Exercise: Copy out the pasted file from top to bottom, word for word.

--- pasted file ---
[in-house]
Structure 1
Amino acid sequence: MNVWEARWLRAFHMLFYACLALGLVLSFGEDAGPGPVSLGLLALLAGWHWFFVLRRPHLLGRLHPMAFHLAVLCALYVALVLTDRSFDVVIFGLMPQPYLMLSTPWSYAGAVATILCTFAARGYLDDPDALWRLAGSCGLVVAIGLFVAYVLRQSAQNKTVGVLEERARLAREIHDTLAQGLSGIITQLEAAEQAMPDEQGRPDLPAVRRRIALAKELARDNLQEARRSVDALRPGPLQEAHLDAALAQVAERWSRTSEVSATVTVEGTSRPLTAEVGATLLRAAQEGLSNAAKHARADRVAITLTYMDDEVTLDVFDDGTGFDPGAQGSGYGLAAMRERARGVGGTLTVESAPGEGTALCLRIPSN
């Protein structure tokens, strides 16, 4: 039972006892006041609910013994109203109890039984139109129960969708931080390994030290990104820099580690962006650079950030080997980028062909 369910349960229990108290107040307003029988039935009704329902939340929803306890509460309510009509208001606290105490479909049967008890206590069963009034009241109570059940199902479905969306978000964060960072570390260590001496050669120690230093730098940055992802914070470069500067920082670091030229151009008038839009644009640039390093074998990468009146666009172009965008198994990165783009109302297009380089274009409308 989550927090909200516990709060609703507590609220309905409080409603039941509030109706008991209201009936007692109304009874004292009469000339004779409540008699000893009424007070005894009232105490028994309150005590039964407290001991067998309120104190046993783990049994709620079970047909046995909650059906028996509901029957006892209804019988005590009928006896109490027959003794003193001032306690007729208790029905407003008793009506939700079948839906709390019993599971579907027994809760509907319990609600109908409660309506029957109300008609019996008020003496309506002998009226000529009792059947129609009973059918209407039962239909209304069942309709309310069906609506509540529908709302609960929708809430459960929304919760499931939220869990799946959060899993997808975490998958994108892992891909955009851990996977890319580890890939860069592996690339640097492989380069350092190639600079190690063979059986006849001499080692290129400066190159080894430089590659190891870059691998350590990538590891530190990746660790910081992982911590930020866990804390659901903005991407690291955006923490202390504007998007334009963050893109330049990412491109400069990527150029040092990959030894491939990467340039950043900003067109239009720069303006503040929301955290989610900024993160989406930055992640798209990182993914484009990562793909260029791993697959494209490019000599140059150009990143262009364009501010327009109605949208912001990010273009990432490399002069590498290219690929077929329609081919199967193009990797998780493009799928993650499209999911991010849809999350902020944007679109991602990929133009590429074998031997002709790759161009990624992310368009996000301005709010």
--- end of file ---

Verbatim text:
[in-house]
Structure 1
Amino acid sequence: MNVWEARWLRAFHMLFYACLALGLVLSFGEDAGPGPVSLGLLALLAGWHWFFVLRRPHLLGRLHPMAFHLAVLCALYVALVLTDRSFDVVIFGLMPQPYLMLSTPWSYAGAVATILCTFAARGYLDDPDALWRLAGSCGLVVAIGLFVAYVLRQSAQNKTVGVLEERARLAREIHDTLAQGLSGIITQLEAAEQAMPDEQGRPDLPAVRRRIALAKELARDNLQEARRSVDALRPGPLQEAHLDAALAQVAERWSRTSEVSATVTVEGTSRPLTAEVGATLLRAAQEGLSNAAKHARADRVAITLTYMDDEVTLDVFDDGTGFDPGAQGSGYGLAAMRERARGVGGTLTVESAPGEGTALCLRIPSN
């Protein structure tokens, strides 16, 4: 039972006892006041609910013994109203109890039984139109129960969708931080390994030290990104820099580690962006650079950030080997980028062909 369910349960229990108290107040307003029988039935009704329902939340929803306890509460309510009509208001606290105490479909049967008890206590069963009034009241109570059940199902479905969306978000964060960072570390260590001496050669120690230093730098940055992802914070470069500067920082670091030229151009008038839009644009640039390093074998990468009146666009172009965008198994990165783009109302297009380089274009409308 989550927090909200516990709060609703507590609220309905409080409603039941509030109706008991209201009936007692109304009874004292009469000339004779409540008699000893009424007070005894009232105490028994309150005590039964407290001991067998309120104190046993783990049994709620079970047909046995909650059906028996509901029957006892209804019988005590009928006896109490027959003794003193001032306690007729208790029905407003008793009506939700079948839906709390019993599971579907027994809760509907319990609600109908409660309506029957109300008609019996008020003496309506002998009226000529009792059947129609009973059918209407039962239909209304069942309709309310069906609506509540529908709302609960929708809430459960929304919760499931939220869990799946959060899993997808975490998958994108892992891909955009851990996977890319580890890939860069592996690339640097492989380069350092190639600079190690063979059986006849001499080692290129400066190159080894430089590659190891870059691998350590990538590891530190990746660790910081992982911590930020866990804390659901903005991407690291955006923490202390504007998007334009963050893109330049990412491109400069990527150029040092990959030894491939990467340039950043900003067109239009720069303006503040929301955290989610900024993160989406930055992640798209990182993914484009990562793909260029791993697959494209490019000599140059150009990143262009364009501010327009109605949208912001990010273009990432490399002069590498290219690929077929329609081919199967193009990797998780493009799928993650499209999911991010849809999350902020944007679109991602990929133009590429074998031997002709790759161009990624992310368009996000301005709010």